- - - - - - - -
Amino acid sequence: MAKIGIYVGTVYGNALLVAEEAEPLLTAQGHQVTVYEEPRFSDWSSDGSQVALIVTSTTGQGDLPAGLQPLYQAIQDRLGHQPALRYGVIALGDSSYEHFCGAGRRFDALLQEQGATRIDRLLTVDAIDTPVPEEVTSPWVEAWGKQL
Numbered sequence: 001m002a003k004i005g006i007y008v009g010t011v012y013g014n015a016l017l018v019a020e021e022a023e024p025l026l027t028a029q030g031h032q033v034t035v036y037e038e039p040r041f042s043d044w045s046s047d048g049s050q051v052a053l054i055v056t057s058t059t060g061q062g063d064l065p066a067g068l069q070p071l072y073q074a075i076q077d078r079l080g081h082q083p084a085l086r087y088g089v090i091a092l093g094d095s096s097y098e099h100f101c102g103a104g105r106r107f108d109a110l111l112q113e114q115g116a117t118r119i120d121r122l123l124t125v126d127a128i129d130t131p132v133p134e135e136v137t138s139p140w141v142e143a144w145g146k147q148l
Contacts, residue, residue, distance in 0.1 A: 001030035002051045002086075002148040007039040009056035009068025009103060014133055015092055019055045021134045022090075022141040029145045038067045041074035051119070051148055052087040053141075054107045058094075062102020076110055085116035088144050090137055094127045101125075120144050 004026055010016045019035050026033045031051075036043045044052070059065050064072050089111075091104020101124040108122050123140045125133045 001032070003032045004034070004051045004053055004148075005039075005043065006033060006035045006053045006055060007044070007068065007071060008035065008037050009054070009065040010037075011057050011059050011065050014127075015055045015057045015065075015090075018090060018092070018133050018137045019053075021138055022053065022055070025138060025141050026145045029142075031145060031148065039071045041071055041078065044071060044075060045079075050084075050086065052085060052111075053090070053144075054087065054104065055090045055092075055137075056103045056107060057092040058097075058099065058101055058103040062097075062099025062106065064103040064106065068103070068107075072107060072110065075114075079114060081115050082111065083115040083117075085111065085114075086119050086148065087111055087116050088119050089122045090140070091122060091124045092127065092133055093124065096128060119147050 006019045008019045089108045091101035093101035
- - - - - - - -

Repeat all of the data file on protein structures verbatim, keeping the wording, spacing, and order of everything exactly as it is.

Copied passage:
Amino acid sequence: MAKIGIYVGTVYGNALLVAEEAEPLLTAQGHQVTVYEEPRFSDWSSDGSQVALIVTSTTGQGDLPAGLQPLYQAIQDRLGHQPALRYGVIALGDSSYEHFCGAGRRFDALLQEQGATRIDRLLTVDAIDTPVPEEVTSPWVEAWGKQL
Numbered sequence: 001m002a003k004i005g006i007y008v009g010t011v012y013g014n015a016l017l018v019a020e021e022a023e024p025l026l027t028a029q030g031h032q033v034t035v036y037e038e039p040r041f042s043d044w045s046s047d048g049s050q051v052a053l054i055v056t057s058t059t060g061q062g063d064l065p066a067g068l069q070p071l072y073q074a075i076q077d078r079l080g081h082q083p084a085l086r087y088g089v090i091a092l093g094d095s096s097y098e099h100f101c102g103a104g105r106r107f108d109a110l111l112q113e114q115g116a117t118r119i120d121r122l123l124t125v126d127a128i129d130t131p132v133p134e135e136v137t138s139p140w141v142e143a144w145g146k147q148l
Contacts, residue, residue, distance in 0.1 A: 001030035002051045002086075002148040007039040009056035009068025009103060014133055015092055019055045021134045022090075022141040029145045038067045041074035051119070051148055052087040053141075054107045058094075062102020076110055085116035088144050090137055094127045101125075120144050 004026055010016045019035050026033045031051075036043045044052070059065050064072050089111075091104020101124040108122050123140045125133045 001032070003032045004034070004051045004053055004148075005039075005043065006033060006035045006053045006055060007044070007068065007071060008035065008037050009054070009065040010037075011057050011059050011065050014127075015055045015057045015065075015090075018090060018092070018133050018137045019053075021138055022053065022055070025138060025141050026145045029142075031145060031148065039071045041071055041078065044071060044075060045079075050084075050086065052085060052111075053090070053144075054087065054104065055090045055092075055137075056103045056107060057092040058097075058099065058101055058103040062097075062099025062106065064103040064106065068103070068107075072107060072110065075114075079114060081115050082111065083115040083117075085111065085114075086119050086148065087111055087116050088119050089122045090140070091122060091124045092127065092133055093124065096128060119147050 006019045008019045089108045091101035093101035